Foot orthotics improve your ability to walk, run, and exercise by correcting how your feet move and cushioning or stabilizing them. They also reduce fatigue and increase your range of motion.
Unlike the one-size-fits-all insoles you can buy at any drugstore, prescription orthotics are designed to fit your feet. This is why they’re so effective.
Reduces the Risk of Other Painful Foot Conditions
Foot orthotics can help reduce pain caused by bunions, plantar fasciitis, flat feet, and diabetes. They also offset stress levels on the feet as you walk, stand and run.
A pedorthist or podiatrist may recommend foot orthotics when other treatments, such as exercise and medication, have failed to relieve symptoms. They will ask questions about when your symptoms started, what makes them better and worse, and how you manage them.
Abnormal foot movement patterns, such as overpronation, can cause the ligament that supports your arch to be stretched and damaged. This creates a chain reaction that leads to foot pain in the heel and arch and other issues such as bunions.
A molded orthotic can stop your foot from overpronating, reducing the damage to your ligaments and allowing them to heal. It can also take pressure off the bones in your feet and reduce the discomfort caused by other conditions, such as bursitis, which causes inflammation in fluid-filled sacs in your heels and toes.
Corrects Foot Misalignment
Foot orthotics, also known as shoe inserts, can help change how your foot biomechanics work. They support your feet, realign them, and can reduce the stress put through your knees when you walk or run.
Foot misalignment can cause pain in your hips, back, and knees. This is because your body must compensate to deal with the imbalanced forces. Orthotics can correct these issues and eliminate the resulting pain.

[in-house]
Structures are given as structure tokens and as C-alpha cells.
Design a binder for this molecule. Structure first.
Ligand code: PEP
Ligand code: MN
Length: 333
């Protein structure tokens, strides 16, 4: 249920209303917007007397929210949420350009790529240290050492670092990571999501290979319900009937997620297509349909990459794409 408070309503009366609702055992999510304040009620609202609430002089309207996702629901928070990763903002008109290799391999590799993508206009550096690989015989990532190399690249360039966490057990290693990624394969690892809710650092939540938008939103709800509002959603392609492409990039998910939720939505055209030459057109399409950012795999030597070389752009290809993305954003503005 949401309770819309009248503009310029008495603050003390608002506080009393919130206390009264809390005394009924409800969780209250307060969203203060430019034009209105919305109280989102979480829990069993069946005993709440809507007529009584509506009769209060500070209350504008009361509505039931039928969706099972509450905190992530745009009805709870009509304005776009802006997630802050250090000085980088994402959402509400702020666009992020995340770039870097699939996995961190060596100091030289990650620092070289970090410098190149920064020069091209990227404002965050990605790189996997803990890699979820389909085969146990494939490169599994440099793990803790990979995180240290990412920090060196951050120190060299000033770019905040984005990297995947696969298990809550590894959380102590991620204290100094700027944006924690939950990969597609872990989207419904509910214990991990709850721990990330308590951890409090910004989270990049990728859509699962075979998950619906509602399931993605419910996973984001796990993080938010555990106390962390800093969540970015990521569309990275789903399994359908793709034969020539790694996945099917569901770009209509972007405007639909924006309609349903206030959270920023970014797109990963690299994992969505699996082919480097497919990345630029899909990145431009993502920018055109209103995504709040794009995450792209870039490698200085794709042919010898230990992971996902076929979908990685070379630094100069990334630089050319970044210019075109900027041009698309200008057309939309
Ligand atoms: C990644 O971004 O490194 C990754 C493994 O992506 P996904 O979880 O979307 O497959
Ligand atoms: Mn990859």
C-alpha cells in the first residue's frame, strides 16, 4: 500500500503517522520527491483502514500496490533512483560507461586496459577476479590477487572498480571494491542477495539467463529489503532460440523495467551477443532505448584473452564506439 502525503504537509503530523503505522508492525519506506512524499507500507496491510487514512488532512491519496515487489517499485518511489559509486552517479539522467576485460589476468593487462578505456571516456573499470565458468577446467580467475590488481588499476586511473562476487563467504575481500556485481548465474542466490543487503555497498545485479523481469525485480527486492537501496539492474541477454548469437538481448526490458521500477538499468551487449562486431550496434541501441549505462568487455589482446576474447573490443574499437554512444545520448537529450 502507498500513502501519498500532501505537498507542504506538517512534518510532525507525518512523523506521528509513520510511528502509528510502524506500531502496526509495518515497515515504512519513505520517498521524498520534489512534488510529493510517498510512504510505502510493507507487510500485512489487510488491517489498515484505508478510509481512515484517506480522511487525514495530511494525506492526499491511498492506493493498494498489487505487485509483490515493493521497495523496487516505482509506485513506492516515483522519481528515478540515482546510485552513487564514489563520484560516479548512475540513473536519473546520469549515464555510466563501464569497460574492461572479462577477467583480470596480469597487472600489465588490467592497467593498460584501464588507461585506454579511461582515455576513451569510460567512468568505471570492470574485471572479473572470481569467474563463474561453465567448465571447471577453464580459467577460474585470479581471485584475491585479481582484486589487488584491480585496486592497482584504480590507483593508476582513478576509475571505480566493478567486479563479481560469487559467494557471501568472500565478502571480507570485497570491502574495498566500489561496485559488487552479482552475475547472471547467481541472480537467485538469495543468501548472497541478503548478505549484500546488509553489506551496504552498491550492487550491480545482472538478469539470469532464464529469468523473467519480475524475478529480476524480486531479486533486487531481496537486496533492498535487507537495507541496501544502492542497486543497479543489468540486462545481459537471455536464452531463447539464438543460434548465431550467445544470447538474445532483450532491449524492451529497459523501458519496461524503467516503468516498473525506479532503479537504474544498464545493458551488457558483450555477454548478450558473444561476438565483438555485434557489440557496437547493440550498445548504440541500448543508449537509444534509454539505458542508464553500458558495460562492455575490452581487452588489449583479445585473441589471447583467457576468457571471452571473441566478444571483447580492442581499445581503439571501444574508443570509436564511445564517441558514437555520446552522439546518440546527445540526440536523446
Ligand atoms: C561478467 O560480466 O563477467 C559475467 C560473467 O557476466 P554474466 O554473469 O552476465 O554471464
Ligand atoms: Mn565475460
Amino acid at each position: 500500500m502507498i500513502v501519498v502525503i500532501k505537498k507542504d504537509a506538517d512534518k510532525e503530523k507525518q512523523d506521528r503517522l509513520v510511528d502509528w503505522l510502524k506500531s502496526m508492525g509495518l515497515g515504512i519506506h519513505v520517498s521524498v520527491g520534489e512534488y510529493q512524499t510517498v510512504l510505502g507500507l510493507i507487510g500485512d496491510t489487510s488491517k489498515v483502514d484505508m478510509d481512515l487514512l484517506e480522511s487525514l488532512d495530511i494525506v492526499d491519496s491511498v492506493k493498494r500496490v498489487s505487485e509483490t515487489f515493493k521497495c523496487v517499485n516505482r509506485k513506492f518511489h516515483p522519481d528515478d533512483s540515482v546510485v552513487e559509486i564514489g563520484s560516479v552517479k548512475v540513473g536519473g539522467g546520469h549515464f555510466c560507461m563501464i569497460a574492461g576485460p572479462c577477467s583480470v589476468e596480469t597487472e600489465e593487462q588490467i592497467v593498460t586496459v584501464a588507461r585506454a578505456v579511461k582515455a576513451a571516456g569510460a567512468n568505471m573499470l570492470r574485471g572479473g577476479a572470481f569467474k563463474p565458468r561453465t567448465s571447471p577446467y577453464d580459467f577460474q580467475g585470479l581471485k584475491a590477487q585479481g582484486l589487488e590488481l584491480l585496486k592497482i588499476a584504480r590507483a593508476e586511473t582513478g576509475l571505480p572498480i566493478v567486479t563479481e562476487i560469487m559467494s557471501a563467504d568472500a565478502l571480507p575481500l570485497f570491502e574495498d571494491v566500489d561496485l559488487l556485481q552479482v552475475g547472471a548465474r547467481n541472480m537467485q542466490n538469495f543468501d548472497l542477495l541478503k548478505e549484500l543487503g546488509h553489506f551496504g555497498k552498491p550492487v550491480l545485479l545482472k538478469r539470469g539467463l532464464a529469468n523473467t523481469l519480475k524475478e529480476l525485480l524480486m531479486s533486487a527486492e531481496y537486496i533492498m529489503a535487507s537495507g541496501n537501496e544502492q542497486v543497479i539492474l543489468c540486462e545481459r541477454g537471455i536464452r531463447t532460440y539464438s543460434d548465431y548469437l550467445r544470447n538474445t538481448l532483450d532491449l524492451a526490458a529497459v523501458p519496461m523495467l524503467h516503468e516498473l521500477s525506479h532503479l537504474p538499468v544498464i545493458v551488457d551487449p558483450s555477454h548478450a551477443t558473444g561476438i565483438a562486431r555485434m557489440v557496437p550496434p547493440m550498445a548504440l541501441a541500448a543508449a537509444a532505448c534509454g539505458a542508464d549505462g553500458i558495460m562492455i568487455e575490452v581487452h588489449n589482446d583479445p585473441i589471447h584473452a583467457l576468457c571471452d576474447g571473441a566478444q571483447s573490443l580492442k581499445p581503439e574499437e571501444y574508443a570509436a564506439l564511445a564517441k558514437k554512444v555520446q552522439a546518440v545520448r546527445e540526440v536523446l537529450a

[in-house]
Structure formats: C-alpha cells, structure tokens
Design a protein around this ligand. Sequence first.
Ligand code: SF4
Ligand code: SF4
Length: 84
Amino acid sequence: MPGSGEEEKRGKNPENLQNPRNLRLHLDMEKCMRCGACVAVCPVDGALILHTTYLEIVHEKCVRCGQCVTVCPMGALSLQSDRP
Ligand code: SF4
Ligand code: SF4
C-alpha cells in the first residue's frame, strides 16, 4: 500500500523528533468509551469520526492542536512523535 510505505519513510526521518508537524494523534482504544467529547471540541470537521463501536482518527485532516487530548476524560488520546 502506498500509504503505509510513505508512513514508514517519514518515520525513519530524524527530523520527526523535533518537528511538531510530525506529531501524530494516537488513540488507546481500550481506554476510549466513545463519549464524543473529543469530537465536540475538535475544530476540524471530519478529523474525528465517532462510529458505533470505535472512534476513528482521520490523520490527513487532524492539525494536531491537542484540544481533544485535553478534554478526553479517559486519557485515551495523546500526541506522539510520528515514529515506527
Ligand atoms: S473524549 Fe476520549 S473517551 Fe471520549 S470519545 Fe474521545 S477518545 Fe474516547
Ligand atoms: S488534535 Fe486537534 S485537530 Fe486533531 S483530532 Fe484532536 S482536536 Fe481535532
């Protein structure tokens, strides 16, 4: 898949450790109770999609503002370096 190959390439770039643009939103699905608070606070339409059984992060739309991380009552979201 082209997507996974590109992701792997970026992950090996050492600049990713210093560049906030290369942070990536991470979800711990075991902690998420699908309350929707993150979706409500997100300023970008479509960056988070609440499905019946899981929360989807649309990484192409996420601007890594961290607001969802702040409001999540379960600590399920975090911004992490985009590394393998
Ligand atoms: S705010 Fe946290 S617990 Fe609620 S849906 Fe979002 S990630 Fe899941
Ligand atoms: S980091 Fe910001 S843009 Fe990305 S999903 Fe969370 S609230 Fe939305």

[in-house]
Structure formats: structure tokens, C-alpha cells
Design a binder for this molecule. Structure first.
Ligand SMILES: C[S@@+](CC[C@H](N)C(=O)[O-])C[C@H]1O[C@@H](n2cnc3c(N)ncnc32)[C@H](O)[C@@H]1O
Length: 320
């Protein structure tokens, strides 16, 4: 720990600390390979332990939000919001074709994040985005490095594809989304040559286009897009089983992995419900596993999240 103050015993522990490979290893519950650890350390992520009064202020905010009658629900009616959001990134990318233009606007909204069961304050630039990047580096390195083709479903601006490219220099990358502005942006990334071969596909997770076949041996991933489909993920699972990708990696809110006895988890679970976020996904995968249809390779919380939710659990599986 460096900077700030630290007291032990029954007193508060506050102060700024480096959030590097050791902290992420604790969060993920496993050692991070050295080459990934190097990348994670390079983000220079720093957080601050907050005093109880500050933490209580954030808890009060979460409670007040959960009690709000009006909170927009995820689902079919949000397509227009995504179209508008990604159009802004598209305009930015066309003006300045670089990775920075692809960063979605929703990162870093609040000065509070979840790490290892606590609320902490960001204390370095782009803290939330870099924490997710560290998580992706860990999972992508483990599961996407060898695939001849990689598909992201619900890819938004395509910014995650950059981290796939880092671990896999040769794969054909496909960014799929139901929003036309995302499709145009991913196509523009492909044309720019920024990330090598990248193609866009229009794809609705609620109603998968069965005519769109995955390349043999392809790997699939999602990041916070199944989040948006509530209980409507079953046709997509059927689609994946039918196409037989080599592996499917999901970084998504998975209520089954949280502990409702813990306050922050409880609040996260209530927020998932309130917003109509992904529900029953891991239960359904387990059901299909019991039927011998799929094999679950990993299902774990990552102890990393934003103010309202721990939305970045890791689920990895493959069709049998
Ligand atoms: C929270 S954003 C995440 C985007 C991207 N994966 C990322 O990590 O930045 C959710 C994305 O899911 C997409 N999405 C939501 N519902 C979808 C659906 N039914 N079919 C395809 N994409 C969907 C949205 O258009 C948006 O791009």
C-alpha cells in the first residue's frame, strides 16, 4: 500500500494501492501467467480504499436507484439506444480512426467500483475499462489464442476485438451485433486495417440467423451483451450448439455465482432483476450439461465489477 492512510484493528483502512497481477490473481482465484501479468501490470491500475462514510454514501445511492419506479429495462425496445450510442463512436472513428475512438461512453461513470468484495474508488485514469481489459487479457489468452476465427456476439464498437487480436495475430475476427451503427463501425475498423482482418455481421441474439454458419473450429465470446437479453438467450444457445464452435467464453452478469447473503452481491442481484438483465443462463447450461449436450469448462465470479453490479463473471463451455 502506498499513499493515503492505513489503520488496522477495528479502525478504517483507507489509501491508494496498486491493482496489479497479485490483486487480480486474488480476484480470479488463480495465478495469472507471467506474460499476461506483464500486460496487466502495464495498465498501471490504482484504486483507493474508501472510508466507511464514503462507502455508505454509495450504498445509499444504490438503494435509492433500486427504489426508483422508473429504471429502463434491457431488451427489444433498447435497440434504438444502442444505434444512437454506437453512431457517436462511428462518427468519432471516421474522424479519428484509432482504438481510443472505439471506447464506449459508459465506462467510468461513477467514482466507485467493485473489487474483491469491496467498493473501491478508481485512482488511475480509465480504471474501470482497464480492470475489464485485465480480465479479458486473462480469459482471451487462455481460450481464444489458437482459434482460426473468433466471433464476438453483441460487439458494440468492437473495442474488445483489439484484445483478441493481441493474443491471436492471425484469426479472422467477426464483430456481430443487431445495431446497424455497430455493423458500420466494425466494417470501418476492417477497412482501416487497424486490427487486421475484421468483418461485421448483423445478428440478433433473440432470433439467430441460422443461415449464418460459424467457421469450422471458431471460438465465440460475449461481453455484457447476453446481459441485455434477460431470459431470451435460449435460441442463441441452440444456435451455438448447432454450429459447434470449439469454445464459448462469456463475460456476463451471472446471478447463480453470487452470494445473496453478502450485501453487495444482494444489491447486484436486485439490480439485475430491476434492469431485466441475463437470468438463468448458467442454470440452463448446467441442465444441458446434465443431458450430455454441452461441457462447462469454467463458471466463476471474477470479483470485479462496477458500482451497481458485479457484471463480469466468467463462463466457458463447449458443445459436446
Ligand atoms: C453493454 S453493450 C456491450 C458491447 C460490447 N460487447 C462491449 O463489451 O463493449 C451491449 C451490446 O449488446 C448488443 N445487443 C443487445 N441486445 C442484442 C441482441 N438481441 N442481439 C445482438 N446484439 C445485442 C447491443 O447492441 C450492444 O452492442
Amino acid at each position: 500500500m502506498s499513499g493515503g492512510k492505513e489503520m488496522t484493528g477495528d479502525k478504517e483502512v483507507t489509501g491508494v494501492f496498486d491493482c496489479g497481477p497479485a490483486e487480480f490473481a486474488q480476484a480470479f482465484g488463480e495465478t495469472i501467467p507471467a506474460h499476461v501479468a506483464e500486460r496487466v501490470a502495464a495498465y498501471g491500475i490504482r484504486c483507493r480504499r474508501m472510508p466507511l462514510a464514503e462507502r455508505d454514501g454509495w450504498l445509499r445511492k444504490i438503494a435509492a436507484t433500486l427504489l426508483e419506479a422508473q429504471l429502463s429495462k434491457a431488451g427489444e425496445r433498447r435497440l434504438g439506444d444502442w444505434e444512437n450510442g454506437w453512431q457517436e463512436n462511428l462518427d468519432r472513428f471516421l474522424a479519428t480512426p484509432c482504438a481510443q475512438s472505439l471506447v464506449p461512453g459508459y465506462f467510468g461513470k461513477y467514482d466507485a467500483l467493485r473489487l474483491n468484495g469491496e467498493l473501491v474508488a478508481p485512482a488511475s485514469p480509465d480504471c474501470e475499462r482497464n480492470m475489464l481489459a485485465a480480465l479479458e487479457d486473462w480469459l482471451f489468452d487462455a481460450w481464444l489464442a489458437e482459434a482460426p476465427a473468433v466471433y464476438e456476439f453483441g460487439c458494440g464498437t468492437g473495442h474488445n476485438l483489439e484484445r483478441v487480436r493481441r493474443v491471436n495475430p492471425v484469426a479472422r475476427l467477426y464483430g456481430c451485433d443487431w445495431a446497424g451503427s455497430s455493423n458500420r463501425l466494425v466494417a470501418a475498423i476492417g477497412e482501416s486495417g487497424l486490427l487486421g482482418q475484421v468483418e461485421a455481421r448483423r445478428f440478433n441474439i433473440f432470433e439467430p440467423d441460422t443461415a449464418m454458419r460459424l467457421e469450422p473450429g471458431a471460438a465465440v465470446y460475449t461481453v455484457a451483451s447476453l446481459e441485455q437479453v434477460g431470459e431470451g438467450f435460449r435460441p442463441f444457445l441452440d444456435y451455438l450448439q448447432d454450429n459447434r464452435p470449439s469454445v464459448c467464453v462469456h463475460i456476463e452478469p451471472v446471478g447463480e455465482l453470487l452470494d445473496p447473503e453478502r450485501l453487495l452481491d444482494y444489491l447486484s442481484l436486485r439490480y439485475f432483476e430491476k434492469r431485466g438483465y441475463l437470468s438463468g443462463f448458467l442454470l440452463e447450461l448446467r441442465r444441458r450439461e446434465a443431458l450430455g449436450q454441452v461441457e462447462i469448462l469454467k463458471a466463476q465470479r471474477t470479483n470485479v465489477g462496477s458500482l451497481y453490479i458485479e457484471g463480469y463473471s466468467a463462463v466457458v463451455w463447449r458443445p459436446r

The most common sign that you need orthotics is excessive wear on the outside of your shoes. This indicates that you pronate or roll too far when you walk.
Over-the-counter shoe inserts are available but must address these specific problems. Orthotics that are customized are created to give support to your foot’s arch. They help with balance and stability when standing or walking. This will minimize your pronation or rolling, relieve pressure on your feet and lower leg joints, and eliminate the pain that results from it.
Reduces Foot Pain
Orthotic inserts can help reduce pain caused by many foot, ankle, and lower leg conditions. They also help improve balance and decrease the risk of injuries by absorbing shock, redistributing pressure, and reducing foot and ankle movement in unnatural positions.
Those with flat feet or a very high arch can experience pain as the ligament that supports the arch is stretched beyond its capacity, leading to painful inflammation such as plantar fasciitis. Orthotics that raise the arch can prevent this overstretching, allowing the ligament to heal and reducing the pain and discomfort.
Other issues resulting from incorrect foot movement patterns that orthotics can address include bunions (a painful bump that develops at the base of the big toe) and bursitis, an inflammation of fluid-filled sacs in the heel and toes. Adding cushioning under the ball of the foot in an orthotic can reduce the pain and pressure that leads to these problems.
Everything in your feet directly impacts walking, running, jumping, and standing. When your feet are misaligned, it can lead to problems in your legs, hips, and back — from a hunched-over posture to a lack of strength in your calf and foot muscles.
Correcting the misalignment of your feet with foot orthotics can improve your posture. They can lift your arch to the optimal height, cushion your heel and help stabilize your heels so you can stand and walk with an optimum range of motion that doesn’t throw any other muscle groups or bones out of alignment.
Some research suggests that adding textured, noise-enhanced, or functional surfaces to your orthotics can also improve their balance-facilitating effects. This is because these devices increase sensory feedback from your foot’s plantar surface, helping to inform the foot’s movements and positioning better.